If George W. Bush is to win the Presidential election, it will largely be on the strength of voters like Mary Warden, 63, a former Tallahassee (Fla.) high-school teacher. She thinks Al Gore "is doing the typical politician thing--he's all things to all people. He can't possibly implement all of the things that he's proposing and keep this country out of debt." The upshot: Warden, though undecided, favors Bush.
If Gore is to prevail, however, it'll be thanks to folks like Warden's daughter, 35-year-old Mary C., a legal secretary in Manhattan. The younger Warden is strongly pro-choice but hasn't yet warmed to Gore. "Probably the biggest issue for me is reproductive rights," she says, "followed by who is going to do the best job for my retirement."
With Campaign 2000 looming as the most competitive Presidential contest in a quarter-century, both Democrats and Republicans have targeted the women's vote. Women have become increasingly Democratic in recent elections, but Republicans think they can be courted as they've moved into better paying jobs. And they're up for grabs: Nearly twice as many women as men remain undecided in the Presidential contest, according to an Oct. 4 Voter.com/Battleground Poll. With male voters lining up strongly behind Bush, Gore needs to compensate with an equally strong showing among women. Says Susan L. Hurley, president of a Chicago electrical contracting company: "The time for women to step forward is now if we expect to be a voting bloc to be reckoned with in the future."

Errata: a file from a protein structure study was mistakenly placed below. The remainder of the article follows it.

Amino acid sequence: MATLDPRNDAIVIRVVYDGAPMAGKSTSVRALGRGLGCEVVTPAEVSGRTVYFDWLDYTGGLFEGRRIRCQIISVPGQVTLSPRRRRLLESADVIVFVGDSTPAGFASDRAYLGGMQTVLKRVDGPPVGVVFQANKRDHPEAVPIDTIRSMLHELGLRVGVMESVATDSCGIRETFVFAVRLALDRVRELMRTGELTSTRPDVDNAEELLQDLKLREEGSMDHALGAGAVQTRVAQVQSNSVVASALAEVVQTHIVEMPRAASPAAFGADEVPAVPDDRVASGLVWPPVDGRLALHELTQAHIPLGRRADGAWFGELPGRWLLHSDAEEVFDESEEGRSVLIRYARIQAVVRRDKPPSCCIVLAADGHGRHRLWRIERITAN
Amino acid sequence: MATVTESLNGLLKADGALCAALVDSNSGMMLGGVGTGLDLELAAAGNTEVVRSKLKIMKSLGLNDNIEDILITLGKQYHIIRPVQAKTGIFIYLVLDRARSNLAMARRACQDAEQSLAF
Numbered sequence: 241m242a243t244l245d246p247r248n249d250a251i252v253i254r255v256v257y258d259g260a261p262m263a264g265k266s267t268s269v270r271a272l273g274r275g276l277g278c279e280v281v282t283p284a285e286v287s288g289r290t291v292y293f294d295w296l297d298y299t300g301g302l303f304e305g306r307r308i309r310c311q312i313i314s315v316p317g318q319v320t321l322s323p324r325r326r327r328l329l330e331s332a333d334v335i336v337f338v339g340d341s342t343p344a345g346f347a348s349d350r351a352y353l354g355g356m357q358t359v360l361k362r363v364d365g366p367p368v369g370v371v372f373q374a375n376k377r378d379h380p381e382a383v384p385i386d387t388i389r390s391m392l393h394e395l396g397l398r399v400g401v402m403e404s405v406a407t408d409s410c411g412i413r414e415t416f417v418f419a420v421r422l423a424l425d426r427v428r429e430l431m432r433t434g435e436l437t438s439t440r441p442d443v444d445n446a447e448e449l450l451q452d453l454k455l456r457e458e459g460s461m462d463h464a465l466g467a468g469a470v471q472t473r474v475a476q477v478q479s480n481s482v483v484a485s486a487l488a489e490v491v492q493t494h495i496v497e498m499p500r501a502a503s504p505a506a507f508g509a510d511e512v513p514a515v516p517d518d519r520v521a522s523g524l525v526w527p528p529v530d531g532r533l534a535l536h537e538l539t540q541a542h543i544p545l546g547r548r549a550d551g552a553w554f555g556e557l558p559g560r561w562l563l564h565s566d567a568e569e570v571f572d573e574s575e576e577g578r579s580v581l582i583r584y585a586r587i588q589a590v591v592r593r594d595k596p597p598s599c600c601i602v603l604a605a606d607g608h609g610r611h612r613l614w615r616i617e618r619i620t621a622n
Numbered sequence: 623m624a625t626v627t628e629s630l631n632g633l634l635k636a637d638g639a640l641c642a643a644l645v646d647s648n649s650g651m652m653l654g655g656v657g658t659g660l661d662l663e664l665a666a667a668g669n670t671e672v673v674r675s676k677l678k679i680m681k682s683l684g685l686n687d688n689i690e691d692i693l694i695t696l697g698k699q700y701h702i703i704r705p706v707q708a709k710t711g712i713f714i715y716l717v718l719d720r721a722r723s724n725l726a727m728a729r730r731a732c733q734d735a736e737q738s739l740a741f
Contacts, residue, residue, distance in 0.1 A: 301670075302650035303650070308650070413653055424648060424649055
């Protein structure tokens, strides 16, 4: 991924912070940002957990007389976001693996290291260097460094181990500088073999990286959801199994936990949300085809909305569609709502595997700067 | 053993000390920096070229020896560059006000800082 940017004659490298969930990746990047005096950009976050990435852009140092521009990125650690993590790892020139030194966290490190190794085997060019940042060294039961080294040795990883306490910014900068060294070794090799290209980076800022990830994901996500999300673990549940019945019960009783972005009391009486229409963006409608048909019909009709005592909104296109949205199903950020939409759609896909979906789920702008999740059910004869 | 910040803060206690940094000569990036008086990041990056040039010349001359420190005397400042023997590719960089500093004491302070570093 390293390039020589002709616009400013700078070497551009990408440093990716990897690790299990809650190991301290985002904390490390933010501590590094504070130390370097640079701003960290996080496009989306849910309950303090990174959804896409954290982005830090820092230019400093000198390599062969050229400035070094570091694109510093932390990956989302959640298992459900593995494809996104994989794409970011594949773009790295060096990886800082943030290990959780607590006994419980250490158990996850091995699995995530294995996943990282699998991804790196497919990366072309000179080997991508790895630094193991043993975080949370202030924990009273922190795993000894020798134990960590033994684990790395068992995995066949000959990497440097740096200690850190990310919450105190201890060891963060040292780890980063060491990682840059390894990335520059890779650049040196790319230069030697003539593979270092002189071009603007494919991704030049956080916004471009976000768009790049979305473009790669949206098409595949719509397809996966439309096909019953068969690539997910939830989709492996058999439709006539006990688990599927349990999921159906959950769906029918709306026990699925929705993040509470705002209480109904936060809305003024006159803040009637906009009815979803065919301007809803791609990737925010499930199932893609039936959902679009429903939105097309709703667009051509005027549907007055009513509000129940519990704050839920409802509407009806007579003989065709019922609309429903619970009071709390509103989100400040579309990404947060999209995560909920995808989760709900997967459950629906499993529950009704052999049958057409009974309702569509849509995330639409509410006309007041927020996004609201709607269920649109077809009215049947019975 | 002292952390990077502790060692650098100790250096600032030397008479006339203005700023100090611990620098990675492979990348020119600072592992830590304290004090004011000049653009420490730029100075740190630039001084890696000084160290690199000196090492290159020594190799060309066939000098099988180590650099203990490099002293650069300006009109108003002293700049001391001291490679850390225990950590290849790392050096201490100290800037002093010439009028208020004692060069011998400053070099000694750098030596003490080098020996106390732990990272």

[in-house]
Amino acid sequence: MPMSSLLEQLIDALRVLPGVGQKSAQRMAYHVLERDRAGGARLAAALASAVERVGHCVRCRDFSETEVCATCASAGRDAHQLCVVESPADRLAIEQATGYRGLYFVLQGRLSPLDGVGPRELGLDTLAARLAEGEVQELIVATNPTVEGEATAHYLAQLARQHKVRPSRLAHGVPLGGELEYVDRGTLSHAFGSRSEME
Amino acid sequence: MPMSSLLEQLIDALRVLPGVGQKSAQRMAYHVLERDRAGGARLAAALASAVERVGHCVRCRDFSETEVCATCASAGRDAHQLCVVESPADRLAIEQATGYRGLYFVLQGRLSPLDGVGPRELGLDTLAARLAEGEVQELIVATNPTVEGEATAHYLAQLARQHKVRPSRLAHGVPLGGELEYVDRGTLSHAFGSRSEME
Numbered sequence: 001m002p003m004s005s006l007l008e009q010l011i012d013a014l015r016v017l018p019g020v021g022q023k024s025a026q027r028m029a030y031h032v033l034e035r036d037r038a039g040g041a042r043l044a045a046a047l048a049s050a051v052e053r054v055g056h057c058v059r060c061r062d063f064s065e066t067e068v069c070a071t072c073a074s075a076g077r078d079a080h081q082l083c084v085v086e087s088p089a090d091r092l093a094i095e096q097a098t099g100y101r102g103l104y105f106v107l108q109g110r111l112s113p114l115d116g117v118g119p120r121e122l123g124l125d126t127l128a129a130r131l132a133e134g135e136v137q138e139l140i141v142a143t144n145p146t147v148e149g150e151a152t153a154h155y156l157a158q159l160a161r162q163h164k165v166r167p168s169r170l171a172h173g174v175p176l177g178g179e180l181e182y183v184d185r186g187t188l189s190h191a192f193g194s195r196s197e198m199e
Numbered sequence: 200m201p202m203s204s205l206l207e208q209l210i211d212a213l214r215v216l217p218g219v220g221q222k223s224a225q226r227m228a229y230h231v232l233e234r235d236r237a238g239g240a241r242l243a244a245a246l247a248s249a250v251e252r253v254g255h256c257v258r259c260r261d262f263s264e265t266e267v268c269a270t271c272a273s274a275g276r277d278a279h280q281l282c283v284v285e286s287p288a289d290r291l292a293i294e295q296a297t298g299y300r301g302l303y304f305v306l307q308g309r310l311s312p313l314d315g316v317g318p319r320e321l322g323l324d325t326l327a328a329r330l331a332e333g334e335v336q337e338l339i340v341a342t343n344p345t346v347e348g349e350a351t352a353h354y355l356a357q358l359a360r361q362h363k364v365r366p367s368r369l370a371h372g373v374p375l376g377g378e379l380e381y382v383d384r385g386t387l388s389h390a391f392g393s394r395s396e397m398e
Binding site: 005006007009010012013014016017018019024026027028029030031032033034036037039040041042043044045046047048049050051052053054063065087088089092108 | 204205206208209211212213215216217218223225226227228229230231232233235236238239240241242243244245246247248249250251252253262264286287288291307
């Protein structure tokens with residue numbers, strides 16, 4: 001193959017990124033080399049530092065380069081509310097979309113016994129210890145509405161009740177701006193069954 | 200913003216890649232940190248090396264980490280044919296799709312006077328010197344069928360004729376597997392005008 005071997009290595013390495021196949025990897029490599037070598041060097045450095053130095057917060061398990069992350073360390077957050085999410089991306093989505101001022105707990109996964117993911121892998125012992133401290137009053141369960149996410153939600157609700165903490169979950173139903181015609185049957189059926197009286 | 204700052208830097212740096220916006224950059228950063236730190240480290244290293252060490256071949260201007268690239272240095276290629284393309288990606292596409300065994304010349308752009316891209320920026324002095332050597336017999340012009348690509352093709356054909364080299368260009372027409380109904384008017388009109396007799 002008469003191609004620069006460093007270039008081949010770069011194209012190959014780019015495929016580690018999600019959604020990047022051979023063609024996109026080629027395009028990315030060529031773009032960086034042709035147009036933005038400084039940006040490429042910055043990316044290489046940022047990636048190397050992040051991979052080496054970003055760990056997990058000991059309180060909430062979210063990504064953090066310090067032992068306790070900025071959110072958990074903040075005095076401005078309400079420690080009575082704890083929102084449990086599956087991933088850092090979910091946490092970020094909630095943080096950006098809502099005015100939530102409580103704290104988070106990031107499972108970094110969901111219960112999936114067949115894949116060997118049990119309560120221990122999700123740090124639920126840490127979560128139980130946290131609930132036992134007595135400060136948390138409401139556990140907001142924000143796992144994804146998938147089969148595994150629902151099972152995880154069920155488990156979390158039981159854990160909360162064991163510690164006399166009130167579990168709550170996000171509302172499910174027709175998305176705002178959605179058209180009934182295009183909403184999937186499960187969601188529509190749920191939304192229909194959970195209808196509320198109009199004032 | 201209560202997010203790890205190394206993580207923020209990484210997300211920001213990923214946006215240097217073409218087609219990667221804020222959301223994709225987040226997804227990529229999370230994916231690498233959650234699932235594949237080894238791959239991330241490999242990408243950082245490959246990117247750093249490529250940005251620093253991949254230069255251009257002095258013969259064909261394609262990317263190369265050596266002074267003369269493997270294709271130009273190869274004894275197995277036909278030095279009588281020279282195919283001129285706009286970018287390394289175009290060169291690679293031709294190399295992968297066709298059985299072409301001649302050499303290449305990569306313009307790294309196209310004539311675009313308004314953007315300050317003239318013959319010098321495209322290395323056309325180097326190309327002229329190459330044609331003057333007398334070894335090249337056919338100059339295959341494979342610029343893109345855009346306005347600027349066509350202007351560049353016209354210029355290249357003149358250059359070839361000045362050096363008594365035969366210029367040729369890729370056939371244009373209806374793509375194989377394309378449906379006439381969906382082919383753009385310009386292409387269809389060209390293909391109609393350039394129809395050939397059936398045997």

AN OPENING? The battle for women's votes heated up on Sept. 28 when the Food & Drug Administration approved the use of the abortion pill RU-486. During the first Presidential debate, Gore turned a question about RU-486 into a riff on reproductive choice. Bush "trusts the government to order a woman to do what it thinks she ought to do," he charged. "I trust women to make the decisions that affect their lives, their destinies, and their bodies."